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Kubiak Law Group represents clients at the trial court level.  Trial court is where issues of fact and law about your claim are first determined.  Jury trials, if necessary, occur at the trial court level.  There are times, however, when you may have to appeal a trial court's decision to a higher court.  Should that time come, Kubiak Law Group only associates itself with attorneys and law firms who have extensive appellate experience in property damage law.  Below is a list of notable victories obtained in multiple appellate courts throughout the state of Florida, as well as a ground-breaking victory in the Florida Supreme Court, in which our attorney(s) represented clients at the trial level, either individually and/or as part of a team in conjunction with a previous employer, and then was/were part of a team of lawyers who successfully represented our clients on appeal.  The legal strategies utilized at the trial level, coupled with experienced appellate co-counsel, resulted in legal victories not only for our clients in those specific cases, but in reality, victories for every policyholder in the state of Florida.  

Florida Supreme Court / Appellate Court victories:

Trinidad v. Florida Peninsula Insurance Company, 121 So.3d 433 (Supreme Court of Florida 2013)

Florida Supreme Court victory! 

Overhead and profit are included in the replacement cost of a covered loss when the insured is reasonably likely to need a general contractor for repairs.  Insurers are not statutorily permitted to hold back any portion of the replacement cost payment, including costs for overhead and profit, contingent on the insured’s actually repairing or replacing the property. Read More.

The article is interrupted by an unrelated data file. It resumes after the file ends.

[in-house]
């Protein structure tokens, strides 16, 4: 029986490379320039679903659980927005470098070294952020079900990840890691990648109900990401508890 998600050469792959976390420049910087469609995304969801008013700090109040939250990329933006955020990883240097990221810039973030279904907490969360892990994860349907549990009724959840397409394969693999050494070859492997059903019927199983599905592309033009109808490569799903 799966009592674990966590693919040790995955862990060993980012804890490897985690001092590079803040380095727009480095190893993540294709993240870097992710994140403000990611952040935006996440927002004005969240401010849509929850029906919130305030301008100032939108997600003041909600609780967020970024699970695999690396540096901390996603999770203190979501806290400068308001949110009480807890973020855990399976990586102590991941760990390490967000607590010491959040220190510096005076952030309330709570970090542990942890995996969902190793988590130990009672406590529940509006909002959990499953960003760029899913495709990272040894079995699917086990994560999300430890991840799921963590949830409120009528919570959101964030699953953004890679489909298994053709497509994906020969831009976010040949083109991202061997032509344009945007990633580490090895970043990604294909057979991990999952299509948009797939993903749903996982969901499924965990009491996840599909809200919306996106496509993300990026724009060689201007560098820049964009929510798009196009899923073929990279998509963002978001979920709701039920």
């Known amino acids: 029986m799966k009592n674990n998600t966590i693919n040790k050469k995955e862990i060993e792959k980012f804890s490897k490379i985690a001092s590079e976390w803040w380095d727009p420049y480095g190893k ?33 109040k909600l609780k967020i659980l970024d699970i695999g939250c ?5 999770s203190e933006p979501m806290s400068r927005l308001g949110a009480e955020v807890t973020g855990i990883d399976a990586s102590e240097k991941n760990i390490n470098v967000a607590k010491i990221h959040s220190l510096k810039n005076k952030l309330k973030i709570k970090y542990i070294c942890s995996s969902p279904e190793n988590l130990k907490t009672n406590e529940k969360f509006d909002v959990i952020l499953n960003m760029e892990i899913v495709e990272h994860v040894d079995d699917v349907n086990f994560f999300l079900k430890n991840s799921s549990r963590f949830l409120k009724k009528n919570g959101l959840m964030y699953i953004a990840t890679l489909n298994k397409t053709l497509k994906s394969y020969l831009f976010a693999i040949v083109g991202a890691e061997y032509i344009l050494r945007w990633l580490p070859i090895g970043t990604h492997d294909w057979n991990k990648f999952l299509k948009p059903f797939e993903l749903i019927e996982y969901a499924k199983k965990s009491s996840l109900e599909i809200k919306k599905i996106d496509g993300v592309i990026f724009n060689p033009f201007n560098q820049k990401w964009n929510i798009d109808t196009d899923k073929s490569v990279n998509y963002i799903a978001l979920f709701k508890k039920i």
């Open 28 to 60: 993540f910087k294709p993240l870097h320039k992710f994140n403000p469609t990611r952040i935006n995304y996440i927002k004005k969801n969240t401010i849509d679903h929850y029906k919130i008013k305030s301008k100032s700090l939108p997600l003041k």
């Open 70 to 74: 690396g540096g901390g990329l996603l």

Teachers Insurance Company v. Loeb, 75 So.3d 355, (Fla. 1DCA, 2011)

Insurer waived attorney-client privilege regarding confidential communications about the payment of certain checks. Read More.

Panjikaran v. State Farm Florida Insurance Company, 77 So.3d 1278, (Fla. 2DCA, 2012)

Breach of contract and declaratory judgment lawsuit filed by the insured for Ordinance and Law insurance benefits constituted a denial of coverage rather than a dispute over just the amount of loss.  Because of this, a triable issue existed which precluded the insurer’s summary judgment from being granted. Read More.

Beseler v. Avatar Property & Casualty Insurance Company, 291 So.3d 137, (Fla. 4DCA, 2020)

Any inconsistencies between insureds’ statements were not significant enough to warrant dismissal for fraud upon the court. Read More.

Evergreen Lakes HOA, INC. v. Lloyd’s Underwriters at London, 230 So.3d 1, (Fla. 4DCA, 2017)

Insurer waived compliance with any requirement under the statute regarding bad-faith claims filed against insurers that it had to be given a copy of a Civil Remedies Notice (CRN) on or before the date on which the Department of Financial Services (DFS) accepted the CRN. Read More.

Landers v. State Farm Florida Insurance Company, 234 So.3d 856, (Fla. 5DCA, 2018)

Bad faith lawsuit against the insurer was not nullified because Civil Remedy Notice (CRN) was filed during the appraisal process. Read More.

Cammarata v. State Farm Florida Insurance Company, 152 So.3d 606 (Fla. 4DCA 2014)

Contrary to the insurer’s contention that its policyholder must obtain an adjudication for breach of contract before proceeding to a bad faith case, settlement in the appraisal process does determine the existence of liability and the extent of damages. Read More.